Anderson filed a putative class action asserting the usual California claims, plus Magnuson-Moss Warranty Act claims, based on Jamba Juice’s allegedly false representations that its smoothie kits were “All Natural.” Jamba Juice moved to dismiss and the court granted the motion in part and denied it in part.
Anderson alleged that the kits were prominently labeled “All Natural” in all five flavors, and that this allowed Jamba Juice to charge a price premium, even though the smoothie kits contain “unnaturally processed, synthetic and/or non-natural ingredients: ascorbic acid, steviol glycosides, xanthan gum, and citric acid.” Anderson bought the Mango and Razzmatazz kits in reliance on the representations.
Warranty: Anderson alleged that “All Natural” was a written warranty that the ingredients in the smoothie kits were free of a particular type of defect (i.e., that they were not synthetic, artificial and/or otherwise non-natural). The MMWA defines a warranty as “any written affirmation of fact or written promise … which relates to the nature of the material or workmanship and affirms or promises that such material or workmanship is defect free or will meet a specified level of performance over a specified period of time.” The claim here was based on “defect free.” The court found that “All Natural” was not a promise of freedom from defect, but rather a product description.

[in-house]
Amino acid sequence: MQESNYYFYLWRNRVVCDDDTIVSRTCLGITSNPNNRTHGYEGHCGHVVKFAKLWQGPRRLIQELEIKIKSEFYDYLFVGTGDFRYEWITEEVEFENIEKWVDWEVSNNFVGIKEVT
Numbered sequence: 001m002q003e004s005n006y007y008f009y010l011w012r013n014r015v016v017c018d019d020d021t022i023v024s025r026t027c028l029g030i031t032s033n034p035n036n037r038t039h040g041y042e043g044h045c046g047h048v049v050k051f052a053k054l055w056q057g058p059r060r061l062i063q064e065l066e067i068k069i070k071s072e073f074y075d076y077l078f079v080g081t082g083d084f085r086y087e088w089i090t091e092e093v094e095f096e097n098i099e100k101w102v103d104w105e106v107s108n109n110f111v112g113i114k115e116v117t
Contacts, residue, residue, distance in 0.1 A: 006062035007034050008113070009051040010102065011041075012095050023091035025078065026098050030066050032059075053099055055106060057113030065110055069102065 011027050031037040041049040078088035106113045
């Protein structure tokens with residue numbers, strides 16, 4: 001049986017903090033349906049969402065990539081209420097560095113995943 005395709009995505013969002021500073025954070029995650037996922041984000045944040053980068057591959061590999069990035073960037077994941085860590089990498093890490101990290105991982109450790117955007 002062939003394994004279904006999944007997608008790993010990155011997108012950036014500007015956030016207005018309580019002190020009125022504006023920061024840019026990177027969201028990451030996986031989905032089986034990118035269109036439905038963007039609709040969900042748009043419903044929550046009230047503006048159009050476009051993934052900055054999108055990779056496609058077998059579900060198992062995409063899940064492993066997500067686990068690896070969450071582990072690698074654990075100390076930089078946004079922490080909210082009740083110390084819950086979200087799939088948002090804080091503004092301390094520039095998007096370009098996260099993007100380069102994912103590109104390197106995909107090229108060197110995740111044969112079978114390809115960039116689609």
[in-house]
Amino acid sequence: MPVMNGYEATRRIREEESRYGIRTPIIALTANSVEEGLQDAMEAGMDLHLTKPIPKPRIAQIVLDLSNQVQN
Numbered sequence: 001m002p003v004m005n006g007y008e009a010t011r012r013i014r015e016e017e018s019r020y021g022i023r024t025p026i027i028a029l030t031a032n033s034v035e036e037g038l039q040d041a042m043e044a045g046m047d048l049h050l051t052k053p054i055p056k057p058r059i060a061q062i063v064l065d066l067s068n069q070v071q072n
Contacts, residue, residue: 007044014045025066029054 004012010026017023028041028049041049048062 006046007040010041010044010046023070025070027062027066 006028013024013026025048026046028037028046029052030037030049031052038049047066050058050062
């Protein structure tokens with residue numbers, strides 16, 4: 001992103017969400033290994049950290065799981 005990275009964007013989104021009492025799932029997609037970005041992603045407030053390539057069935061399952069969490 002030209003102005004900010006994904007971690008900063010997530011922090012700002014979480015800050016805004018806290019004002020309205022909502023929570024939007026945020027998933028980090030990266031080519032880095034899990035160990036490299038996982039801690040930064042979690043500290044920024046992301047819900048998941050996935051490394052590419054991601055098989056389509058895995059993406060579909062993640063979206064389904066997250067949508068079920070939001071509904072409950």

Next, the court turned to Jamba Juice’s argument that Anderson lacked standing for flavors he didn’t buy. The cases are divided, but the court was more persuaded by Anderson’s argument that he had representative standing as long as his claims were based on the same core factual allegations and causes of action. Where there’s sufficient similarity between the products, concerns over material differences can be addressed at the class certification stage. There was sufficient similarity here between purchased and unpurchased products—the same alleged misrepresentation was on all flavors.